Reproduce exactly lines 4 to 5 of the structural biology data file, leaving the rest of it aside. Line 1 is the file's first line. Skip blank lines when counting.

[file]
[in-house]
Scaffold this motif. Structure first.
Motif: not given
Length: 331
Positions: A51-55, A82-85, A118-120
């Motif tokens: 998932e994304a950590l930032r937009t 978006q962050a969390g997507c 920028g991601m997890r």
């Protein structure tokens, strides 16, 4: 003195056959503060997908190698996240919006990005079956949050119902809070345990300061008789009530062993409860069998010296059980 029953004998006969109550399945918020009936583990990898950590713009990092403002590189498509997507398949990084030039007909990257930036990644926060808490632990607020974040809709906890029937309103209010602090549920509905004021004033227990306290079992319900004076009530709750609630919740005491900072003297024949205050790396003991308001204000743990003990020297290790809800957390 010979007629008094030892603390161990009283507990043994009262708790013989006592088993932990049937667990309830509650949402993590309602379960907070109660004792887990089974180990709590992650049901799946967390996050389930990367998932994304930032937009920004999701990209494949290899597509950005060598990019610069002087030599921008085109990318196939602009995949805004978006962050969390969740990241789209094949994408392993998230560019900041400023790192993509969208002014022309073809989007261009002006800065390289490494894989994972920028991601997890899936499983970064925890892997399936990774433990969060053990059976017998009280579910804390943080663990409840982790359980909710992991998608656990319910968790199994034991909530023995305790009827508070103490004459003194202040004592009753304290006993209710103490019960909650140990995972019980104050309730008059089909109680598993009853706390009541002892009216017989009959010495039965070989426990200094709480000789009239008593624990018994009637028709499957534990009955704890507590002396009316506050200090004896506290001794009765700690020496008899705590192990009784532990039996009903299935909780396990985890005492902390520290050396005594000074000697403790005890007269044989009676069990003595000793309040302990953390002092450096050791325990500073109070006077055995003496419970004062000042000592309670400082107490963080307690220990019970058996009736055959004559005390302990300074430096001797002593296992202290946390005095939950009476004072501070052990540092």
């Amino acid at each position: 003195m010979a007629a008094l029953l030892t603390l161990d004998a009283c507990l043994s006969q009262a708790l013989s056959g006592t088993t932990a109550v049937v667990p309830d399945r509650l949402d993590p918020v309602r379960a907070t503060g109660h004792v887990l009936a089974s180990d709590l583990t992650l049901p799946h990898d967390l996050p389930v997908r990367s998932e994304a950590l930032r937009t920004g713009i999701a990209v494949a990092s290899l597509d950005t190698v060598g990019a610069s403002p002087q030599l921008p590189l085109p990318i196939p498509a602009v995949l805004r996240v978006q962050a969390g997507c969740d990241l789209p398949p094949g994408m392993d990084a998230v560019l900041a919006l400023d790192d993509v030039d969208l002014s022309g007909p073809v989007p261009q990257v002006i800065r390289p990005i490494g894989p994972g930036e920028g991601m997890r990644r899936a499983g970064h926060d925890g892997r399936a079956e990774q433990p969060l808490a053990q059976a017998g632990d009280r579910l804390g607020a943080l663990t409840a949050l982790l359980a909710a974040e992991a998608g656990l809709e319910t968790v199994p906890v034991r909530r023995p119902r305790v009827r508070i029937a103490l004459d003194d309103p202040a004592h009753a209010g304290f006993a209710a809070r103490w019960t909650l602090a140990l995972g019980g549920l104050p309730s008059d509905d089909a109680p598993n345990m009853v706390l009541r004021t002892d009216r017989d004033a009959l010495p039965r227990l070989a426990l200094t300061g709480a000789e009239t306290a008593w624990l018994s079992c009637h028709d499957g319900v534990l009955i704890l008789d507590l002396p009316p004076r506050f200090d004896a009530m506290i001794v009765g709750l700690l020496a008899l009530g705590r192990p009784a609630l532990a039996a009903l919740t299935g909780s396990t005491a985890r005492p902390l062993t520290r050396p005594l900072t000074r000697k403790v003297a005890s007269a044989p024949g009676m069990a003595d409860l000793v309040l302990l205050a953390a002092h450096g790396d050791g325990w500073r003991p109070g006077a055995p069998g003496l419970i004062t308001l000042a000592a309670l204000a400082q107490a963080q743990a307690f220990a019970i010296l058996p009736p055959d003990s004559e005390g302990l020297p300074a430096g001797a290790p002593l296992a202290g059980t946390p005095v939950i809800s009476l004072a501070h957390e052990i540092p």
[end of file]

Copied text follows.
Length: 331
Positions: A51-55, A82-85, A118-120